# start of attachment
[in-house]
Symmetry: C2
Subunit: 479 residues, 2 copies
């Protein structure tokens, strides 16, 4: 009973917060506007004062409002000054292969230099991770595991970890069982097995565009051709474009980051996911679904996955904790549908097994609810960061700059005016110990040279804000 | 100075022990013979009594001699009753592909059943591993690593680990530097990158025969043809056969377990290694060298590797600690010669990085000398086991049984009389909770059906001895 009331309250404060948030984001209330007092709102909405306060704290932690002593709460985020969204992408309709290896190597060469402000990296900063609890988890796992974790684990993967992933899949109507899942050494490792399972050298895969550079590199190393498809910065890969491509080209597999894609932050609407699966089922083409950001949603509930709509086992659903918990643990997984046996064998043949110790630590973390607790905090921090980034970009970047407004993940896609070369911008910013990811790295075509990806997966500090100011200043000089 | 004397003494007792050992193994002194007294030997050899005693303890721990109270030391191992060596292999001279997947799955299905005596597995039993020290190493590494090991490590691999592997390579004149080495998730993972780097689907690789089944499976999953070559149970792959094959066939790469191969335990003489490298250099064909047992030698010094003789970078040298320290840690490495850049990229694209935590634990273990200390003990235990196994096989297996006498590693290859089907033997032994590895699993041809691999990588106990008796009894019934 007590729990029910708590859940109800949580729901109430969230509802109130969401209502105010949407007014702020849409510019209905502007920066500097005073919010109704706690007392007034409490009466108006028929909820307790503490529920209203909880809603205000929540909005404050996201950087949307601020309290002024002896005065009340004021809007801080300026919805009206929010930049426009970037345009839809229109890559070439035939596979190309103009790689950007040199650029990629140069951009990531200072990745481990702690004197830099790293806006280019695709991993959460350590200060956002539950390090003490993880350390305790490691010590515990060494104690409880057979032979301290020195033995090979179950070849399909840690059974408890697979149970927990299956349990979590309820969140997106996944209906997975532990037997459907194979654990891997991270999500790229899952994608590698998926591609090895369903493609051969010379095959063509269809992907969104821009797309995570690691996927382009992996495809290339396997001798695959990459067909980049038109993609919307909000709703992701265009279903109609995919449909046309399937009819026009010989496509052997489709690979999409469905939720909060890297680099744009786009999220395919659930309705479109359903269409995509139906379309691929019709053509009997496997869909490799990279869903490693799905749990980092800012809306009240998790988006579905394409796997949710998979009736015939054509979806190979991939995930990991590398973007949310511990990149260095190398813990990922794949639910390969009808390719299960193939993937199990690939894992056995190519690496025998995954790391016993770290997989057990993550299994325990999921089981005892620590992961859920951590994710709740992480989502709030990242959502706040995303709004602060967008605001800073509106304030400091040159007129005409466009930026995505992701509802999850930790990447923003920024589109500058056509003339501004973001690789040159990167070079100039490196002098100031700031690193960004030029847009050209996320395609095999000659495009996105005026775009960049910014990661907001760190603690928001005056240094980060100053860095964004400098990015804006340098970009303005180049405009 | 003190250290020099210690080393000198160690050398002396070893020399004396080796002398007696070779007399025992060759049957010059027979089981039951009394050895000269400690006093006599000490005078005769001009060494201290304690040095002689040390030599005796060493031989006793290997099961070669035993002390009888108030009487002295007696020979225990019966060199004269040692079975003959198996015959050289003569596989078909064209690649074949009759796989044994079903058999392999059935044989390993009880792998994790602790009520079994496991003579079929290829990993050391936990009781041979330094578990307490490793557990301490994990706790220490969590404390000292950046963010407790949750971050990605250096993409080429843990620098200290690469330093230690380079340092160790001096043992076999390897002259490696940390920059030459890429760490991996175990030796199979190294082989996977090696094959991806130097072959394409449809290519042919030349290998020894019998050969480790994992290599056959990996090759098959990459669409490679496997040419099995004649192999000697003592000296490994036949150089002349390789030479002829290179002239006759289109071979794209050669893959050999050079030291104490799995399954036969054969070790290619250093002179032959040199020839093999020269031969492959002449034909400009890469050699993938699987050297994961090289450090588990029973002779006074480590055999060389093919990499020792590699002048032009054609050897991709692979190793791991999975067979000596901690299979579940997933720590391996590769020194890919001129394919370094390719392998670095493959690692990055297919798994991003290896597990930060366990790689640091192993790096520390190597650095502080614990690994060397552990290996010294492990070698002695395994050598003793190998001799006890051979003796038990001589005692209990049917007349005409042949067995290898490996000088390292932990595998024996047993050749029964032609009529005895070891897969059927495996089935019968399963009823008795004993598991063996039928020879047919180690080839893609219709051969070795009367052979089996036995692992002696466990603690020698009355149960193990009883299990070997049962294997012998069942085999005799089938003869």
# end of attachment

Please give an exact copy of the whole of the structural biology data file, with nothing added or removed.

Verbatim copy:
[in-house]
Symmetry: C2
Subunit: 479 residues, 2 copies
């Protein structure tokens, strides 16, 4: 009973917060506007004062409002000054292969230099991770595991970890069982097995565009051709474009980051996911679904996955904790549908097994609810960061700059005016110990040279804000 | 100075022990013979009594001699009753592909059943591993690593680990530097990158025969043809056969377990290694060298590797600690010669990085000398086991049984009389909770059906001895 009331309250404060948030984001209330007092709102909405306060704290932690002593709460985020969204992408309709290896190597060469402000990296900063609890988890796992974790684990993967992933899949109507899942050494490792399972050298895969550079590199190393498809910065890969491509080209597999894609932050609407699966089922083409950001949603509930709509086992659903918990643990997984046996064998043949110790630590973390607790905090921090980034970009970047407004993940896609070369911008910013990811790295075509990806997966500090100011200043000089 | 004397003494007792050992193994002194007294030997050899005693303890721990109270030391191992060596292999001279997947799955299905005596597995039993020290190493590494090991490590691999592997390579004149080495998730993972780097689907690789089944499976999953070559149970792959094959066939790469191969335990003489490298250099064909047992030698010094003789970078040298320290840690490495850049990229694209935590634990273990200390003990235990196994096989297996006498590693290859089907033997032994590895699993041809691999990588106990008796009894019934 007590729990029910708590859940109800949580729901109430969230509802109130969401209502105010949407007014702020849409510019209905502007920066500097005073919010109704706690007392007034409490009466108006028929909820307790503490529920209203909880809603205000929540909005404050996201950087949307601020309290002024002896005065009340004021809007801080300026919805009206929010930049426009970037345009839809229109890559070439035939596979190309103009790689950007040199650029990629140069951009990531200072990745481990702690004197830099790293806006280019695709991993959460350590200060956002539950390090003490993880350390305790490691010590515990060494104690409880057979032979301290020195033995090979179950070849399909840690059974408890697979149970927990299956349990979590309820969140997106996944209906997975532990037997459907194979654990891997991270999500790229899952994608590698998926591609090895369903493609051969010379095959063509269809992907969104821009797309995570690691996927382009992996495809290339396997001798695959990459067909980049038109993609919307909000709703992701265009279903109609995919449909046309399937009819026009010989496509052997489709690979999409469905939720909060890297680099744009786009999220395919659930309705479109359903269409995509139906379309691929019709053509009997496997869909490799990279869903490693799905749990980092800012809306009240998790988006579905394409796997949710998979009736015939054509979806190979991939995930990991590398973007949310511990990149260095190398813990990922794949639910390969009808390719299960193939993937199990690939894992056995190519690496025998995954790391016993770290997989057990993550299994325990999921089981005892620590992961859920951590994710709740992480989502709030990242959502706040995303709004602060967008605001800073509106304030400091040159007129005409466009930026995505992701509802999850930790990447923003920024589109500058056509003339501004973001690789040159990167070079100039490196002098100031700031690193960004030029847009050209996320395609095999000659495009996105005026775009960049910014990661907001760190603690928001005056240094980060100053860095964004400098990015804006340098970009303005180049405009 | 003190250290020099210690080393000198160690050398002396070893020399004396080796002398007696070779007399025992060759049957010059027979089981039951009394050895000269400690006093006599000490005078005769001009060494201290304690040095002689040390030599005796060493031989006793290997099961070669035993002390009888108030009487002295007696020979225990019966060199004269040692079975003959198996015959050289003569596989078909064209690649074949009759796989044994079903058999392999059935044989390993009880792998994790602790009520079994496991003579079929290829990993050391936990009781041979330094578990307490490793557990301490994990706790220490969590404390000292950046963010407790949750971050990605250096993409080429843990620098200290690469330093230690380079340092160790001096043992076999390897002259490696940390920059030459890429760490991996175990030796199979190294082989996977090696094959991806130097072959394409449809290519042919030349290998020894019998050969480790994992290599056959990996090759098959990459669409490679496997040419099995004649192999000697003592000296490994036949150089002349390789030479002829290179002239006759289109071979794209050669893959050999050079030291104490799995399954036969054969070790290619250093002179032959040199020839093999020269031969492959002449034909400009890469050699993938699987050297994961090289450090588990029973002779006074480590055999060389093919990499020792590699002048032009054609050897991709692979190793791991999975067979000596901690299979579940997933720590391996590769020194890919001129394919370094390719392998670095493959690692990055297919798994991003290896597990930060366990790689640091192993790096520390190597650095502080614990690994060397552990290996010294492990070698002695395994050598003793190998001799006890051979003796038990001589005692209990049917007349005409042949067995290898490996000088390292932990595998024996047993050749029964032609009529005895070891897969059927495996089935019968399963009823008795004993598991063996039928020879047919180690080839893609219709051969070795009367052979089996036995692992002696466990603690020698009355149960193990009883299990070997049962294997012998069942085999005799089938003869």